Southeast Asia on the whole smells different than East Asia. It smells like the tropics. The foods smell more flavorful. They beckon you with their scents of chili, coconut, peanut, and soy, fish, and oyster sauces. We made our first stop at a Starbucks for coffee, then headed to two of the small restaurants right outside of the airport to check out the menus. I was pretty excited when I saw Assam Laksa on the menu at both restaurants. Carolyn was eyeing the chicken rice, and we had plenty of money. We saw that both restaurants were busy, so we went to the one with the most tables, ordered our food, and had a grubfest.

Assam Laksa, or AWESOME Laksa?

This was my first Laksa, and it took me for a ride. The dark mysterious broth tasted of smoke, chili, and had a kick of heat that followed like a tsunami of flavor that reached deep into your guts and massaged parts of you that you weren’t comfortable having massaged. It was one of those situations where you couldn’t be sure if you liked it or not, but the twinges of pleasure slowly grow and outweigh the caution you initially feel upon first taste. In the broth was a knot of mee noodles that provided heft and balanced the dark cauldron of flavor nicely.

Chicken Rice – Southeast Asian Soul Food

The chicken rice was a far different experience than I imagined. They roast the chicken until it is fully cooked, and then immerse it in an ice bath. The ice bath causes the fat to coagulate suddenly and separate the skin from the meat with a succulent layer of fat. The rice is cooked in chicken broth, and the whole thing is garnished with anchovies, sliced red pepper, and other condiments used to add salty, sweet, spicy, and sour flavors all over Southeast Asia. It was delicious, and simple. I can’t wait to go to  Singapore and try it, as it’s the national dish of the country.

Kata Beach at night

At first glance it seemed that “low season” was an understatement.

From Kuala Lumpur it was only about an hour and a half flight to Phuket. Once we arrived and cleared immigration (which was a bit slow in Phuket), we hailed a metered cab for our destination, Kata Beach and the Jinta Andaman Guesthouse. It was about an hour in the cab, so we didn’t feel bad paying 600 baht for the ride. It was after 10:00pm when we arrived, and we were tired and hungry. After checking in at the Jinta Andaman (which I highly recommend, by the way – more on this in a future post) we headed straight out in search of food. The little corner of Kata Beach we were located in was very quiet, and we went to one of the few restaurants that was open. We knew it was slow season, but damn. Things were slow!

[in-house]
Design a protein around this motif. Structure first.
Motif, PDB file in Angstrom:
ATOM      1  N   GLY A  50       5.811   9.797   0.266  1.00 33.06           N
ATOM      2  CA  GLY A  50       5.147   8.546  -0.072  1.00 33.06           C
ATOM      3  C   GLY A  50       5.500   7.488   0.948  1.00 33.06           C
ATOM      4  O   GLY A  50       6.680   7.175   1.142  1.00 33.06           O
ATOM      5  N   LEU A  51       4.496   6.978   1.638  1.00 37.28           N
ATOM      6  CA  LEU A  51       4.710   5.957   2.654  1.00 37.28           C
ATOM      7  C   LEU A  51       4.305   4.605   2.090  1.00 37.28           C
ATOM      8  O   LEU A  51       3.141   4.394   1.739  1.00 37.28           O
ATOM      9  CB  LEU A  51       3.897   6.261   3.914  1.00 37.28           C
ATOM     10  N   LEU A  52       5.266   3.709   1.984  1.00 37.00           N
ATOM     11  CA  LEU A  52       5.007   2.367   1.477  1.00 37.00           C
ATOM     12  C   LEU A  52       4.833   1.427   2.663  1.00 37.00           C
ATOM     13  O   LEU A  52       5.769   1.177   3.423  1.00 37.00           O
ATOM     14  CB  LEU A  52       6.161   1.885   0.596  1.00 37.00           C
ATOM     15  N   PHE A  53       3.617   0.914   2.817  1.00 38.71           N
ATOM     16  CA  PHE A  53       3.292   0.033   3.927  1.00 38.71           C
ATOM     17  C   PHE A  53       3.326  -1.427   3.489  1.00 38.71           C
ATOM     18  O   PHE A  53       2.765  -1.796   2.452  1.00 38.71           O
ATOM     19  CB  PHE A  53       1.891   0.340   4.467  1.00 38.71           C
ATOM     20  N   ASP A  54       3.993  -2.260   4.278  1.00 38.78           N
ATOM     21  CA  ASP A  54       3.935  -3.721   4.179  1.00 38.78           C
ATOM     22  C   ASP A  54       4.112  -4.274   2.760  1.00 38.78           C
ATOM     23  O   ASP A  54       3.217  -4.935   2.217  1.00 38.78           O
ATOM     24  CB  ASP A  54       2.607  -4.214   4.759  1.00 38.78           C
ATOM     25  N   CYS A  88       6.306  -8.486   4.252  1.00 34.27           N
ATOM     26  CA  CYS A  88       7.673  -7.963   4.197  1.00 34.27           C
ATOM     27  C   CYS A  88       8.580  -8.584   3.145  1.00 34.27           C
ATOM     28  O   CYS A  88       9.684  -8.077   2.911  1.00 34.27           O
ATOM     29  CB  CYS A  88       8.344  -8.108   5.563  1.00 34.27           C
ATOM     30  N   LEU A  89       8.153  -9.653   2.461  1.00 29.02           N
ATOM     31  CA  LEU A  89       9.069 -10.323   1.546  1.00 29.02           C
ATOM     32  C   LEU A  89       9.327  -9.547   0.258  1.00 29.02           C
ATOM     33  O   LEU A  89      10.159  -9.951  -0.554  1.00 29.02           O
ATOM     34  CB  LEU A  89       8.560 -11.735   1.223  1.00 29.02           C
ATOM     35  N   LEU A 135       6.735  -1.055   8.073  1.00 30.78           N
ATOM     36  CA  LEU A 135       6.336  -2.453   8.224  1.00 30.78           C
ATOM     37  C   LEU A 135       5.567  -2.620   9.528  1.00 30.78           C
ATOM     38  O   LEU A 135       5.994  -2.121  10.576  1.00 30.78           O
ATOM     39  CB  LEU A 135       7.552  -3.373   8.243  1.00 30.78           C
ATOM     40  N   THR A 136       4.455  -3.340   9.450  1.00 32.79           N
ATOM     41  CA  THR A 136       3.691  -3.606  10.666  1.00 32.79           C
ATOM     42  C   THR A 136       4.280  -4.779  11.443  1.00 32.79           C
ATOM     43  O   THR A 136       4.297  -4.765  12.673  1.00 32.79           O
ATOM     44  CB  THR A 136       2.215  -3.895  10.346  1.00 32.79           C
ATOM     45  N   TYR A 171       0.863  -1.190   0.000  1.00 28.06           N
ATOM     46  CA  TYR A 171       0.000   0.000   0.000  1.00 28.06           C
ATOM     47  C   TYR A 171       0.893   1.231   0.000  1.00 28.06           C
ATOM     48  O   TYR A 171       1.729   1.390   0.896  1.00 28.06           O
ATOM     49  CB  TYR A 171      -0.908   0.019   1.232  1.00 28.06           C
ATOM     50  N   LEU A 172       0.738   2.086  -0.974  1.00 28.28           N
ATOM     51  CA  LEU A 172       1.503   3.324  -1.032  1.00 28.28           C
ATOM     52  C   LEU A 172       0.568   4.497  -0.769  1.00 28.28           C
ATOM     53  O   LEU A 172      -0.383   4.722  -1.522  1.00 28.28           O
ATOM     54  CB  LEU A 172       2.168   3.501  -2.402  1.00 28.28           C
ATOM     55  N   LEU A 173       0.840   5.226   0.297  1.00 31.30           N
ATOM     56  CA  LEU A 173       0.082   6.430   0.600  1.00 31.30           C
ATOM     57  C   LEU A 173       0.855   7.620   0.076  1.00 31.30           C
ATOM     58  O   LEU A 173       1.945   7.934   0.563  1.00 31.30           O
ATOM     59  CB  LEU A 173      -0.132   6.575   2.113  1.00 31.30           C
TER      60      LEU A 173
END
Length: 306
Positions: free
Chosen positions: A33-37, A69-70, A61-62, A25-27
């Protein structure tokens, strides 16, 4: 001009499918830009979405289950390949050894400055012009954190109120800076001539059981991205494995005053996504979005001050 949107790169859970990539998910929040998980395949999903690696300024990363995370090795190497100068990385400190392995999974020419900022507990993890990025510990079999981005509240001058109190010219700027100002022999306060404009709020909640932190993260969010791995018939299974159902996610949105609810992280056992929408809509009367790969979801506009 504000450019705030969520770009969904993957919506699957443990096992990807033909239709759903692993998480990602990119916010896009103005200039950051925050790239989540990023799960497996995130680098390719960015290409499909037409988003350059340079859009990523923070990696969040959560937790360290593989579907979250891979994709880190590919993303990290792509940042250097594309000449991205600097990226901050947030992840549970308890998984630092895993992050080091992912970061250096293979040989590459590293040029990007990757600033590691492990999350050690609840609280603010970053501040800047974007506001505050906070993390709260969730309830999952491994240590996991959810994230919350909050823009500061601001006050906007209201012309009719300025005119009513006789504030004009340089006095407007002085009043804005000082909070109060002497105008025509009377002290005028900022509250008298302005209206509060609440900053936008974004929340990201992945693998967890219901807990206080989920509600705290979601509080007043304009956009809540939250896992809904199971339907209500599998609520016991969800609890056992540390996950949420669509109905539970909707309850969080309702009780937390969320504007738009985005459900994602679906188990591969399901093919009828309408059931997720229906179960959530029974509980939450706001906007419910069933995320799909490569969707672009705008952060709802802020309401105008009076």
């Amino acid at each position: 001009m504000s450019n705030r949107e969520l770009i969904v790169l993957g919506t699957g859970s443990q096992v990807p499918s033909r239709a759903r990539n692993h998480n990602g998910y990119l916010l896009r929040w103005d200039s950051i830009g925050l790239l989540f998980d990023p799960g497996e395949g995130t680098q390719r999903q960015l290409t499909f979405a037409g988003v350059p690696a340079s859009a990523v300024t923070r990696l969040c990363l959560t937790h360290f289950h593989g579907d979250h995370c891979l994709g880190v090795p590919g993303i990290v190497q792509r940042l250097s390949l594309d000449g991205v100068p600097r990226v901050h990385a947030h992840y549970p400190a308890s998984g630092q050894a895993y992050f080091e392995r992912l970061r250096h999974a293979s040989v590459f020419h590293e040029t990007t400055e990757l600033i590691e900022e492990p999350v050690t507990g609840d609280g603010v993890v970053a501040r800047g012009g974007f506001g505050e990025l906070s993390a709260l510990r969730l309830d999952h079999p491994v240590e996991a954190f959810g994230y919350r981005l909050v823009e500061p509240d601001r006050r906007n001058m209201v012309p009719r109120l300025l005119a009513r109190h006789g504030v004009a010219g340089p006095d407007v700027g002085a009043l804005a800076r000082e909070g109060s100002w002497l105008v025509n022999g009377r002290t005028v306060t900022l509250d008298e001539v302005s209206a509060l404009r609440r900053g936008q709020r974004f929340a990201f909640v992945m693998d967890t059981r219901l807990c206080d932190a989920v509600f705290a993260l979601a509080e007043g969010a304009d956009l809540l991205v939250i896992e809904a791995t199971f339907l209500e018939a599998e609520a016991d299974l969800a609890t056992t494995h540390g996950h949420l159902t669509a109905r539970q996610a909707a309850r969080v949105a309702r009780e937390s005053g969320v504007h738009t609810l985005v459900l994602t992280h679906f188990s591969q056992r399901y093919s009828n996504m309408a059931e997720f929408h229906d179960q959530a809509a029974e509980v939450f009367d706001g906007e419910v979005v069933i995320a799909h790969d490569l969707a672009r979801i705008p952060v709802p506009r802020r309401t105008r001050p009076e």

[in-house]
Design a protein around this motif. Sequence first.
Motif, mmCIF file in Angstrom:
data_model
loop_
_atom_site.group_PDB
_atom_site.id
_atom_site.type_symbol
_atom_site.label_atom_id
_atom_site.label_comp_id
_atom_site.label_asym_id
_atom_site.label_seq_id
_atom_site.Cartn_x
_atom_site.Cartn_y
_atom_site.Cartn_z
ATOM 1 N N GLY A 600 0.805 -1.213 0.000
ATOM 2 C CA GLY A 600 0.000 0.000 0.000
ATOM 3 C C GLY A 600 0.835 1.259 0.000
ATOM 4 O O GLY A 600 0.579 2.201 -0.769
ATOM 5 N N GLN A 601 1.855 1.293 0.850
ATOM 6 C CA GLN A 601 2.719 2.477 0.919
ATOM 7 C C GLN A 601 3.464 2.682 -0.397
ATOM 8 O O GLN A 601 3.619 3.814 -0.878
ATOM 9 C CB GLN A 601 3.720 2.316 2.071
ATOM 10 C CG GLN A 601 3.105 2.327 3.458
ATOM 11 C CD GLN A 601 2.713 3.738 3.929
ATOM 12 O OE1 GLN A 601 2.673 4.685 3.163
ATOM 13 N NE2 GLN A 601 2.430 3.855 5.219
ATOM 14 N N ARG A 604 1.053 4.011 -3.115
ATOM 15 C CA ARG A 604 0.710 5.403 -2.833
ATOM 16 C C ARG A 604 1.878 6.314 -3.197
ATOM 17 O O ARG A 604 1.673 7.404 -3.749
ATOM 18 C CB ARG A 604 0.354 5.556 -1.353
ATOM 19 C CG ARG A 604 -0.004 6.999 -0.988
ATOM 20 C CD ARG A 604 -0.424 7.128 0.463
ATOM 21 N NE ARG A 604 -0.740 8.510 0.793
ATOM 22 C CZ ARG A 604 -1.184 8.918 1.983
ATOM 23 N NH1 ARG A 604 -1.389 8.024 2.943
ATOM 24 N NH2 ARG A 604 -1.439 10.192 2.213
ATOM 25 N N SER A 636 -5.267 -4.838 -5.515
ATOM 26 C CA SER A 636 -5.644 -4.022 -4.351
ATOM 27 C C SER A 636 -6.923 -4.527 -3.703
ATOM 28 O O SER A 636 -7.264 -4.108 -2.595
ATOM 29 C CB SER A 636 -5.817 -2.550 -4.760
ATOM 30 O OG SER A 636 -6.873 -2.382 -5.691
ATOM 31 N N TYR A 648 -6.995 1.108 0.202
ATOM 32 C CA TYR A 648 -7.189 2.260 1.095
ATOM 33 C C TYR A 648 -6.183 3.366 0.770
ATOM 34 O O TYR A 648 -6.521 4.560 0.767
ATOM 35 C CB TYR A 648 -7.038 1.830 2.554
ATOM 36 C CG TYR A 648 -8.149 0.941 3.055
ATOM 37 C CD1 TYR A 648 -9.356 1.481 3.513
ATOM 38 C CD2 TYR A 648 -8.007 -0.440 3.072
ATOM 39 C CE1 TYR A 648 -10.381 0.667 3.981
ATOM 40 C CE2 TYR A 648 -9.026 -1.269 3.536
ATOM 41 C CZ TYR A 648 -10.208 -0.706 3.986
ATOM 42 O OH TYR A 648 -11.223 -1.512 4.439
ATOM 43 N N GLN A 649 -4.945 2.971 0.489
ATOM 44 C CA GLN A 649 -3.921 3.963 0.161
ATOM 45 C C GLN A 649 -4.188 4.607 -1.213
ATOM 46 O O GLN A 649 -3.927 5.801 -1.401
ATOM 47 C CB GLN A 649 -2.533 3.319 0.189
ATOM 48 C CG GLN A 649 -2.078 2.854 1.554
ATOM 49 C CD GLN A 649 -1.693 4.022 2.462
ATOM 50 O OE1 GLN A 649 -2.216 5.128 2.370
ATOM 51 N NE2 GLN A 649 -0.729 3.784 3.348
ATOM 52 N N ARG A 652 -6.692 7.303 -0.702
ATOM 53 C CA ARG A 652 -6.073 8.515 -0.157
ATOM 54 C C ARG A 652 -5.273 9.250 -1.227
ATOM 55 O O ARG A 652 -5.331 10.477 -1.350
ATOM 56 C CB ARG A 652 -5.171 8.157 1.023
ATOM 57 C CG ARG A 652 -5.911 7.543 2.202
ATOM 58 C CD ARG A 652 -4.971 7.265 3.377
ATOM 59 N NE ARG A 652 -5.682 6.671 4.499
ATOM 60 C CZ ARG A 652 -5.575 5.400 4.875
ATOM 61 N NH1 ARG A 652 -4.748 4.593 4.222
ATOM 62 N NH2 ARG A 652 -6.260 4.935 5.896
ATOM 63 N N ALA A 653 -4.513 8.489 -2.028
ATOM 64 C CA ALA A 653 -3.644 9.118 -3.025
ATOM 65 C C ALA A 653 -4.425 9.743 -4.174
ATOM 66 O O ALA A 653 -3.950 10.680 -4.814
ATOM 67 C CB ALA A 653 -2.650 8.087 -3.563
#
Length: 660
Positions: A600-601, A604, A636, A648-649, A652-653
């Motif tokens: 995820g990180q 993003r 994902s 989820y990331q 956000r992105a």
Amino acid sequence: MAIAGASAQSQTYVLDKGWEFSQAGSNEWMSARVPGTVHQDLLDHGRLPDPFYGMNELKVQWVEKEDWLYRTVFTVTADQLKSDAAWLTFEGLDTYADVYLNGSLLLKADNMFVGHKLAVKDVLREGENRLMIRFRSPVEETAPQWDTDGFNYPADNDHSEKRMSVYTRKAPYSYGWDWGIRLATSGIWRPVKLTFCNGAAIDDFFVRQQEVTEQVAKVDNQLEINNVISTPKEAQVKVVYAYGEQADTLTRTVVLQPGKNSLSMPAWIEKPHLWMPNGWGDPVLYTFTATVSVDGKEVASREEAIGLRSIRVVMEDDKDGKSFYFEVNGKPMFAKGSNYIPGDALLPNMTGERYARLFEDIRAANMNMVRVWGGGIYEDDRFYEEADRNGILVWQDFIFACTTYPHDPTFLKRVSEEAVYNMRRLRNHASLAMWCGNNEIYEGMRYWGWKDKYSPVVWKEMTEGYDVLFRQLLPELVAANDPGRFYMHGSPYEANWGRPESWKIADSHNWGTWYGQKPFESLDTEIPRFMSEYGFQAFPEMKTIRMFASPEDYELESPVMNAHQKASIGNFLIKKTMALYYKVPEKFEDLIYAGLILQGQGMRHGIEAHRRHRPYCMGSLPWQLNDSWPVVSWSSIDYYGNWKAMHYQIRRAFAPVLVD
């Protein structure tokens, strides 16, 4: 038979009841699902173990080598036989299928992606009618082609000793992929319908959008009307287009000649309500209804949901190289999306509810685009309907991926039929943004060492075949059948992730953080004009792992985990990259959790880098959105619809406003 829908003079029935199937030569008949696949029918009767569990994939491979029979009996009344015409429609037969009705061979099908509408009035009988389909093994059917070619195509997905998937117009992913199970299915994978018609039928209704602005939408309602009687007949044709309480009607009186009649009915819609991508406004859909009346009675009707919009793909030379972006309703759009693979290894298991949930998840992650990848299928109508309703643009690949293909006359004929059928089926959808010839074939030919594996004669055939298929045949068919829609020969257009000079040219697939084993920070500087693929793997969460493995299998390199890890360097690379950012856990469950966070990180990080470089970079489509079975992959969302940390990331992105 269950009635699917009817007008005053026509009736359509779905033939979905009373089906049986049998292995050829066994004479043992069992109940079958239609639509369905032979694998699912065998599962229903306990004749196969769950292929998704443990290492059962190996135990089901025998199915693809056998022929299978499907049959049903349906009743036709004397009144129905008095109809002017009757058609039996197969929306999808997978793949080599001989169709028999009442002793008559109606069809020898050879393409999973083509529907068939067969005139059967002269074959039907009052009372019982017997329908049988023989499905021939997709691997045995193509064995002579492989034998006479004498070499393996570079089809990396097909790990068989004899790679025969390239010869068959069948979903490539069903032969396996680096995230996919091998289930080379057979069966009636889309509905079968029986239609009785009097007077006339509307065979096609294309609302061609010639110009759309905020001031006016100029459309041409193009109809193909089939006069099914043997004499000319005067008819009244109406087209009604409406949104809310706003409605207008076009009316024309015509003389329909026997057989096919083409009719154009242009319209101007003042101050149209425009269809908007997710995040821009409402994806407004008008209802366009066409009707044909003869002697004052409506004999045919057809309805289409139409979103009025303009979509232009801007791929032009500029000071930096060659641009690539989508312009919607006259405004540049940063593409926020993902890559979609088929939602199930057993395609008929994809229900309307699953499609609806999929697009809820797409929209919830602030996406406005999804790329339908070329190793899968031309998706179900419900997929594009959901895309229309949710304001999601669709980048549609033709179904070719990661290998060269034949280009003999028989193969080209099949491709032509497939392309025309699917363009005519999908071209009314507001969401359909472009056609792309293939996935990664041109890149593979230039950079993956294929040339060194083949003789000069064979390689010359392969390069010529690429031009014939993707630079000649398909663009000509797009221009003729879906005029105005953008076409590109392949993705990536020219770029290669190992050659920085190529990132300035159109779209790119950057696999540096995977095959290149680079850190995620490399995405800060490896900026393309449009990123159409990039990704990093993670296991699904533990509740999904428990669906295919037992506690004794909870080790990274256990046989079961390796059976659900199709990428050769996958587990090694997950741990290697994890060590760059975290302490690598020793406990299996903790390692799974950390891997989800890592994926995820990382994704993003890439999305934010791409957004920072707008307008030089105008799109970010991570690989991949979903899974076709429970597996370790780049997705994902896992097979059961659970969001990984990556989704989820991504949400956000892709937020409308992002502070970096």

The restaurant was owned by people of Indian heritage, and served Indian and Thai food. Obviously being our first night in Thailand, we ordered Thai. The fast-talking server also got us to order an Indian appetizer of what I can only describe as tiny Samosas. They were delicious, but apparently pretty expensive. For our main courses, Carolyn ordered Phad Thai (obligatory), and I ordered Massaman Curry. I don’t think either of us were blown away by our dishes, but we were both pretty happy with them. Phad Thai noodles are pretty self-explanatory, unless you live under a rock or something. Massaman Curry was something I had only read about before, though – so I’m not sure how often it actually appears on menus around the world.

Massaman Curry

Massaman Curry, a delicious first taste of Thailand

The Massaman Curry is a coconut milk curry with a very mild spice and peanuts. It was silky smooth and had a mild and very comforting flavor. It was like soul food that I didn’t even know would be comforting to my weary body. The server suggested ordering saffron rice to go with the curry, so I did (although now I realize he was just inflating our bill since things were slow). The flavors did work really well together, but I don’t think the meal was worth the 720 baht we paid for it. It was the most expensive meal of our entire trip, but what the hell, right? First night in a new country, gotta live it up!